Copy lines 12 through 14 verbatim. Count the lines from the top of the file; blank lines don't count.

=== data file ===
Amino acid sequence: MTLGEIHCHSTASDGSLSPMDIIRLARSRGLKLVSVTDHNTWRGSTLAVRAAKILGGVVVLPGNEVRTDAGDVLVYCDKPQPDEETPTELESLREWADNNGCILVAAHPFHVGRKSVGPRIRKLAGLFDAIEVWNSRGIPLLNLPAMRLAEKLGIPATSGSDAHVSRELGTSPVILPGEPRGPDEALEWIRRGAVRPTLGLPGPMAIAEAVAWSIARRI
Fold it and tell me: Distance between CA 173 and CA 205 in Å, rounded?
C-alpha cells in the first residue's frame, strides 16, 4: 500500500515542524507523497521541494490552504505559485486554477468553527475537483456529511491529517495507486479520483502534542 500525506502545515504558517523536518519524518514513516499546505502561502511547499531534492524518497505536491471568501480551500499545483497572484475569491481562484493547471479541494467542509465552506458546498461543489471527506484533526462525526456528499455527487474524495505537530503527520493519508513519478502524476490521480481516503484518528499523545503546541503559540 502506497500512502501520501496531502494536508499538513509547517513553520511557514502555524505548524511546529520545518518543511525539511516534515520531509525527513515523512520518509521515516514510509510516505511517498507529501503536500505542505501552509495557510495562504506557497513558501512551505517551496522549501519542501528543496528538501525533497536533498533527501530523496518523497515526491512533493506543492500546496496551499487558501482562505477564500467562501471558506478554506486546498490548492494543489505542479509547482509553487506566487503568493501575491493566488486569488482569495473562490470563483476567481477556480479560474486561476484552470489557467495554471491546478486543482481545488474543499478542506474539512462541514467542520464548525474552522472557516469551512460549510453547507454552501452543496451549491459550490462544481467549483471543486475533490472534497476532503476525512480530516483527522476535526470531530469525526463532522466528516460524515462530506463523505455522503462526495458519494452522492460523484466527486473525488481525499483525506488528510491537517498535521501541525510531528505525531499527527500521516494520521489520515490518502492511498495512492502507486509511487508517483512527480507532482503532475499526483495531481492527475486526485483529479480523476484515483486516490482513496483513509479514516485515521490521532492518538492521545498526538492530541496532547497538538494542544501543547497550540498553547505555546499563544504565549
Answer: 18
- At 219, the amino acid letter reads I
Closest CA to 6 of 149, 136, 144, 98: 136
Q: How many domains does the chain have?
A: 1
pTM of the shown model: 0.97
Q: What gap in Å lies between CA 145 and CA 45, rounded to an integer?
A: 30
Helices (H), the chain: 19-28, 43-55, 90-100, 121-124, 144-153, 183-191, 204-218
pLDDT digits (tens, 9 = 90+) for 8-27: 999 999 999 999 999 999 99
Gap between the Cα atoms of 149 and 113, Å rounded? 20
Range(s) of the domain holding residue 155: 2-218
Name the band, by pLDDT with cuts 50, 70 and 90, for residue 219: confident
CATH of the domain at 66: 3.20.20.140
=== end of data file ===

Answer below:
Helices (H), the chain: 19-28, 43-55, 90-100, 121-124, 144-153, 183-191, 204-218
pLDDT digits (tens, 9 = 90+) for 8-27: 999 999 999 999 999 999 99
Gap between the Cα atoms of 149 and 113, Å rounded? 20